What if birds had really big buff arms?

A question you didn’t know you wanted the answer to

(Kristen Frier)

(Kristen Frier)

Birds are a common motif in human culture, and depicting them as humanoids is perhaps our way to deal with the envy we feel towards avian species regarding their ability to not get stuck in traffic, and whoosh themselves in the air when the fight-or-flight response calls (pun intended).

In Indian mythology for example, a muscular bird-guy hunk is the vehicle of Lord Vishnu. Bird-humans are all over the place. I mean, if you think about it, angels are kinda sorta halfway bird-humans, although in reverse.

But oh boy, would there be pandemonium if this were to happen to seagulls, the dreaded food thieves and coastal equivalent of monkeys. Seeing how seagulls surpass even monkeys in their audacity to steal the provisions of the Smartest Species on EarthTM it’d only be a matter of time before we would be forced to kowtow to our seagull overlords. We can continue polluting their habitat though, always a good defence strategy. 

We could also probably train pigeons to fight those damn seagulls.

Pigeons are the mailman-turned annoying squatter guy of the bird kingdom, yet they’re still faster than Canada Post. What I’d want to do with these muscle wielding pigeons is to out compete Canada Post and render it obsolete. And maybe teach them some toilet training in the process. A win-win isn’t it?

Another type of bird that would likely be kind enough to associate themselves with us would be parakeets. They may be useful for doing all our heavy lifting, or vacuuming under your bed or sofa since we all know you haven’t cleaned under there in over a year.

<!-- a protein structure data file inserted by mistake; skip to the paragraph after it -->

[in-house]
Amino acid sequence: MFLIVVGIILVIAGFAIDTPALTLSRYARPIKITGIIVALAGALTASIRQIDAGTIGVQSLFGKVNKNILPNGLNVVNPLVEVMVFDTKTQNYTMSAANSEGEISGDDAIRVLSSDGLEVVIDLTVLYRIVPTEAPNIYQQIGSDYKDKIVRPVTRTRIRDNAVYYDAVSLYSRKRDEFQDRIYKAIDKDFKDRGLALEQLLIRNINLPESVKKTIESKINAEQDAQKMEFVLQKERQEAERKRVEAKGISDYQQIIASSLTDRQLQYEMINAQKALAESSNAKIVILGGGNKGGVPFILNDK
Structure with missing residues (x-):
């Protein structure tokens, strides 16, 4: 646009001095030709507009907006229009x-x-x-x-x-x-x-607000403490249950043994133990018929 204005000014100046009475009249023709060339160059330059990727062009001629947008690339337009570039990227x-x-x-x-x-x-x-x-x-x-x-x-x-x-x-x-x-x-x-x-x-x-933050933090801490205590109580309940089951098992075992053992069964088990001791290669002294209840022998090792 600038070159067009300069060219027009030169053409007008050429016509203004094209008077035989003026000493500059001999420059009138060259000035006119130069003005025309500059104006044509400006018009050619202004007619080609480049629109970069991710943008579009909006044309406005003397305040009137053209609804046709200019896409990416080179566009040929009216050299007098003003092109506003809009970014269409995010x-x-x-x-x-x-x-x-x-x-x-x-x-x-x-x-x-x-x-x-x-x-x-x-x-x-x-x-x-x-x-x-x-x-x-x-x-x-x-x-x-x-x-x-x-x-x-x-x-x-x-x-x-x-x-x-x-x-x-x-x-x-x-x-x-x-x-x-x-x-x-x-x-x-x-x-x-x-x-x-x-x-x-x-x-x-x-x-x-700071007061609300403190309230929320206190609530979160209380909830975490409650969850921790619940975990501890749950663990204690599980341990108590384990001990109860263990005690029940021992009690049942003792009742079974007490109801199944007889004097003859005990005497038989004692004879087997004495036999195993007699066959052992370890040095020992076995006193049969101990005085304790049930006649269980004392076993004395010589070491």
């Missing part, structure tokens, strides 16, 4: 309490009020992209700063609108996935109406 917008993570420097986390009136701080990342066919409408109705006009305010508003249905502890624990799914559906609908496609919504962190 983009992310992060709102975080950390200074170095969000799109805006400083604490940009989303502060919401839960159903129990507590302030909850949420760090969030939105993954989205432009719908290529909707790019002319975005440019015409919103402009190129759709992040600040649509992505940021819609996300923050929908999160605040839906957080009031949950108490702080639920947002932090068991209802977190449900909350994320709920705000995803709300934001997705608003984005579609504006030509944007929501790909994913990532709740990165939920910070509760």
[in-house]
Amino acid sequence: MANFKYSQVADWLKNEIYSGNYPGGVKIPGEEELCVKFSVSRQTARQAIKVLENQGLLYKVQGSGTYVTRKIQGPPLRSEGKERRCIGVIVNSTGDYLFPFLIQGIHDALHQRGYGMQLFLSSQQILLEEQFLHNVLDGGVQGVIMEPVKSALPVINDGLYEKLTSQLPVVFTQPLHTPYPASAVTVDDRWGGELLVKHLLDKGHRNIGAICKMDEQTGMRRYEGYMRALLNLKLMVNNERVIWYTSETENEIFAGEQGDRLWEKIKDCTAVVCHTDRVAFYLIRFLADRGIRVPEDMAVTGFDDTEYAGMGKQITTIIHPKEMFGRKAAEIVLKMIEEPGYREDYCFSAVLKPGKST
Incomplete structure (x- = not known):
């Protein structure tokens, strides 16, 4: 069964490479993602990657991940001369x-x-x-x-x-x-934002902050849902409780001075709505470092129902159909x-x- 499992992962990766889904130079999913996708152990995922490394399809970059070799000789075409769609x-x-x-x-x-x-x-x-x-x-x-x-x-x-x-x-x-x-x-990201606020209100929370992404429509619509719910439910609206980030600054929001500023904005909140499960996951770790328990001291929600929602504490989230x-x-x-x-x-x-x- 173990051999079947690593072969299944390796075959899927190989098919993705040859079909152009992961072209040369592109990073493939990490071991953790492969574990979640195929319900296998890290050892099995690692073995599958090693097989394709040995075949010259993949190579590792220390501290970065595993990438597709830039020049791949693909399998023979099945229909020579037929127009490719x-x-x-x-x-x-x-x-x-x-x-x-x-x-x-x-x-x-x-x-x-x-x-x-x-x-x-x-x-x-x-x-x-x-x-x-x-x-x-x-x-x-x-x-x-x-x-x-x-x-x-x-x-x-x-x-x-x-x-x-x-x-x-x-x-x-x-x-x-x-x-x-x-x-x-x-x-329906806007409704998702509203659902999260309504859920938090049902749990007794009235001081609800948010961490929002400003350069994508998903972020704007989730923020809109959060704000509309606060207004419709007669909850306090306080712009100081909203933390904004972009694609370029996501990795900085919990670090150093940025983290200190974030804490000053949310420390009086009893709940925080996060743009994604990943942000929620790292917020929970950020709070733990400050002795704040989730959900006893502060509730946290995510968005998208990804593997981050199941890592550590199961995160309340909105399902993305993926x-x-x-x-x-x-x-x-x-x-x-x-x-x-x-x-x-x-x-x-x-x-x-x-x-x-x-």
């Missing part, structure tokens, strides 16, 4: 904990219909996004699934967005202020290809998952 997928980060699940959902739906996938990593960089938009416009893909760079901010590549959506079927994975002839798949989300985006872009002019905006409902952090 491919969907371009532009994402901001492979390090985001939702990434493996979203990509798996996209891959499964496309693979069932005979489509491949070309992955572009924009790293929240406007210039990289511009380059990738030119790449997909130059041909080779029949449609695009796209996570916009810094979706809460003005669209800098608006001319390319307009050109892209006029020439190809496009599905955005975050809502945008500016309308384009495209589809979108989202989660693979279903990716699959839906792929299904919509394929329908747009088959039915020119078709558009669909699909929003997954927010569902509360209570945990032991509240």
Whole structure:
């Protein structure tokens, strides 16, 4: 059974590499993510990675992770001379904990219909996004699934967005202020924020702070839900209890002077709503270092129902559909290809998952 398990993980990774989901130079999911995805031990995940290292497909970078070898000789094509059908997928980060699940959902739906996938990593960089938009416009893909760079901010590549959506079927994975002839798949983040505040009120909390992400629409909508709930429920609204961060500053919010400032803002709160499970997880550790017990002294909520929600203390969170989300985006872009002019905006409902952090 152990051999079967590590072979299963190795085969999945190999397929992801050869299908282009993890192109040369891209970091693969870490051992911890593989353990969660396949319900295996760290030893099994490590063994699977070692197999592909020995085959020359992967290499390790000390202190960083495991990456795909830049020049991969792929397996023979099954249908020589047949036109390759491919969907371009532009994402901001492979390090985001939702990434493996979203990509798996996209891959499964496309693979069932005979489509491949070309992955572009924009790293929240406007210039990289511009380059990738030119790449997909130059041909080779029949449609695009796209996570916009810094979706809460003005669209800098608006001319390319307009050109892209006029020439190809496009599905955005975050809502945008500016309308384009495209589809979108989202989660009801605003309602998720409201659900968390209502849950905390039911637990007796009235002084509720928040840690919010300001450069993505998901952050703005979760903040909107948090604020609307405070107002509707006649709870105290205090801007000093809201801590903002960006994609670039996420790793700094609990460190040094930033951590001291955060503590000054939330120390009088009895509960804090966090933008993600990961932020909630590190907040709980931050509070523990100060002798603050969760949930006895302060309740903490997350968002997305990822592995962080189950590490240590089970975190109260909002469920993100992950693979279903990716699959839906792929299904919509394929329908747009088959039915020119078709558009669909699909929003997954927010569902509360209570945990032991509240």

Hiring a parakeet moving service might be the solution to affordable housing, and using this cheap labour might reduce construction costs. Just kidding, even brawny muscle bound birds can’t save us from housing inequality. 

Some of these ideas sound good on paper, but if the birds ‘flocked’ up humans and started to assert their autonomy, and make demands like not sharing the sky with big fake steel birds… with all of them possessing Schwarzenegger-sized arms, humanity might have to make an unsavoury compromise. 

We could also face the risk of serious ‘flock’ wars for turfs with non-bulky-arms people being the real victims.

I can already imagine caged birds in houses and zoos taking up arms (pun patrol) against their oppressors and the ensuing chaos. They’d truly make their dinosaur ancestors proud.

This would also lead to systematic segregation in gym class, where privileged bird-humans would constantly excel, leaving non-bird humans deprived of the opportunity to show their might. Seeing birds bench pressing like there’s no tomorrow would certainly breed a sense of inferiority complex in us, demotivating those whose buff arms were their sole chance at getting noticed.

Consequently, gym memberships will fall as gyms start catering only to buff armed birds, leaving the gym community marginalized and helpless, even more than the price of protein supplements does. We might have to say goodbye to seeing humans at the Olympics altogether, except perhaps as spectators.